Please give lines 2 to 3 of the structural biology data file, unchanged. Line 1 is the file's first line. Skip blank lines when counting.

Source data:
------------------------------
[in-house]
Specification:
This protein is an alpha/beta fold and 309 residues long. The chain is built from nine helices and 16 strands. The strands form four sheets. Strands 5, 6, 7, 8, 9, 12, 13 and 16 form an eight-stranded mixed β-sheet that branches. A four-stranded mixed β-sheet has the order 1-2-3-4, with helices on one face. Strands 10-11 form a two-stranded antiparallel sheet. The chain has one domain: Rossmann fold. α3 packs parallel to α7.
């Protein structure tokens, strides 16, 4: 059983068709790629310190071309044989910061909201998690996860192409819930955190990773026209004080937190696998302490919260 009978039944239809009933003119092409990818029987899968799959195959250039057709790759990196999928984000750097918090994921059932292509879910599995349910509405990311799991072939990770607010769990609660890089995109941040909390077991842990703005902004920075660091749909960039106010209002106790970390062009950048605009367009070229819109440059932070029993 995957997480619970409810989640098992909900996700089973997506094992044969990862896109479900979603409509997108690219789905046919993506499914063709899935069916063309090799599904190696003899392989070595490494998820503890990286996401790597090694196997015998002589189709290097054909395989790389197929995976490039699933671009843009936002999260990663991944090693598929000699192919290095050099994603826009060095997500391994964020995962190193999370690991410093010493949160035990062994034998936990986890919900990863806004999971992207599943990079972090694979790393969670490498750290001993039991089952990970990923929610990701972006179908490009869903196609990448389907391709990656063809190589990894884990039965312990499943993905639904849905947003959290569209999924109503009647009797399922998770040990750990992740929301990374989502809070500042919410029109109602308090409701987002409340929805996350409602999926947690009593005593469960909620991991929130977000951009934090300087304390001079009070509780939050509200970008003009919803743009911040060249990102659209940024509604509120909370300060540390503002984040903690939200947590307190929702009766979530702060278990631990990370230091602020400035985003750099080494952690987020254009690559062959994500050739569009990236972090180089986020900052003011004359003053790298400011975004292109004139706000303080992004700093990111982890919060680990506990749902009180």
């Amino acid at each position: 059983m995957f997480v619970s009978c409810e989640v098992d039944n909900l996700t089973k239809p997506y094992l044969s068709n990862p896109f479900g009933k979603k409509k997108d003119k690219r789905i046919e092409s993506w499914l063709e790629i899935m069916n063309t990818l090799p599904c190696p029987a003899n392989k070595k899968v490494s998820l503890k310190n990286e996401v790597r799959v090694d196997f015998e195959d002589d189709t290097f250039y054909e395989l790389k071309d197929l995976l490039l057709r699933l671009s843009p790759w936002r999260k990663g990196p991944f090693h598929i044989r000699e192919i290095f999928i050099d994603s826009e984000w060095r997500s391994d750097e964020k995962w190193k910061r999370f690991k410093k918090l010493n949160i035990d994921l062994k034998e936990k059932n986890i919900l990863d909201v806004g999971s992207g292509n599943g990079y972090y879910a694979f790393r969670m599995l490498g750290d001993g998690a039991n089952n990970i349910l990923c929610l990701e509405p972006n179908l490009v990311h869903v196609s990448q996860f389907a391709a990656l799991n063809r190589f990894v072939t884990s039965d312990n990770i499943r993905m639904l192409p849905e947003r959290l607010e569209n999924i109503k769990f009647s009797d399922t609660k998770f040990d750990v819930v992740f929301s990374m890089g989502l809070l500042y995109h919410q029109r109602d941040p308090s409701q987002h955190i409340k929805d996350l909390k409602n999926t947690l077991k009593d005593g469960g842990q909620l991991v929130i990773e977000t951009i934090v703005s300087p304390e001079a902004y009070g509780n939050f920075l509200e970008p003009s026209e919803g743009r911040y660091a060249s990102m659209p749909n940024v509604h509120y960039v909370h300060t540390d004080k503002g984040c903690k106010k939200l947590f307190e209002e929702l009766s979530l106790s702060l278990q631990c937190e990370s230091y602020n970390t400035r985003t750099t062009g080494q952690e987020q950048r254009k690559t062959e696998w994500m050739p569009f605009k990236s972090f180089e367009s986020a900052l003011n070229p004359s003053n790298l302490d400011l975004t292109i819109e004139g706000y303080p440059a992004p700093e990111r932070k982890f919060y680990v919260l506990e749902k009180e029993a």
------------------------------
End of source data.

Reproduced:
Specification:
This protein is an alpha/beta fold and 309 residues long. The chain is built from nine helices and 16 strands. The strands form four sheets. Strands 5, 6, 7, 8, 9, 12, 13 and 16 form an eight-stranded mixed β-sheet that branches. A four-stranded mixed β-sheet has the order 1-2-3-4, with helices on one face. Strands 10-11 form a two-stranded antiparallel sheet. The chain has one domain: Rossmann fold. α3 packs parallel to α7.